• Group 1 fasted on alternate days with their fasting day followed by a day of eating 50 percent more than usual.

• Group 2 that reduced calories by 25 percent at all meals per day.

• Group 3 who fasted on alternate days (same as group 1) but followed their fasting day with a day that was 100 percent longer than normal.

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Group 1 fasted on alternate days. His fasting day was followed by a day of eating 50 percent more than his daily life.

Group 2 — a proxy for a traditional diet plan — reduced the calories in all meals per day by 25 percent.

Meanwhile, Group 3 fasted on alternate days (in the same way as Group 1) but followed their fasting day with one day eating 100 percent more food than they usually did in their daily lives.

Participants in all three groups were consuming a typical diet of approximately 2000–2500 kilocalories (kcal) per day on average at the start of the study.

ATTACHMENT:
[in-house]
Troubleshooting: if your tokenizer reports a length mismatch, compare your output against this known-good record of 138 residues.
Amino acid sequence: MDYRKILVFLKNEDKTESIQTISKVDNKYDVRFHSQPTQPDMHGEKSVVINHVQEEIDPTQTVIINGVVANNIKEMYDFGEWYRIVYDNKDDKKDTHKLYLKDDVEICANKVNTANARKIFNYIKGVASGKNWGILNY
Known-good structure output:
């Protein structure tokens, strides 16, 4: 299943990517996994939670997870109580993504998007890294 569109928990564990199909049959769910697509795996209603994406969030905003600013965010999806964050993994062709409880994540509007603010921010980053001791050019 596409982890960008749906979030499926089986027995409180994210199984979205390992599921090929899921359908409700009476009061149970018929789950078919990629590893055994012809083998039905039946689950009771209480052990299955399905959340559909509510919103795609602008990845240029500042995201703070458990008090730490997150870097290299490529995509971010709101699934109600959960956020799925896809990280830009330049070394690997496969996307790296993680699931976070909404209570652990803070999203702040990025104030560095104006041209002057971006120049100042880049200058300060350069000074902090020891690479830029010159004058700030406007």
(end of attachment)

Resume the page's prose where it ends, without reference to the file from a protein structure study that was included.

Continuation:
During the three-week monitoring period, the two energy-restricted groups (Groups 1 and 2) reduced it to an average of between 1500–2000 kcal.

While Groups 1 and 2 reduced their caloric intake by the same amount in different ways, Group 3 fasted without reducing overall calories.

Their results showed that the non-fasting dieting group (Group 2) lost 1.9 kg in just three weeks.

Dual energy X-ray absorptiometry (DEXA) body scans showed that this weight loss was almost entirely due to a reduction in the amount of body fat.

In contrast, the first fasting group (Group 1) who experienced a lower caloric intake by fasting on alternate days and eating 50 percent more on non-fasting days lost nearly as much body weight (1.6 kg). .

But only half the weight loss was from body fat, with the remainder from muscle.

Group 3, who fasted but increased their energy intake by 100 percent on the non-fasting days, did not need to draw on their body’s fat stores for energy and so the weight loss was negligible.

These results focused on participants who were defined as ‘lean’, meaning that their body mass index (BMI) was between 20 and …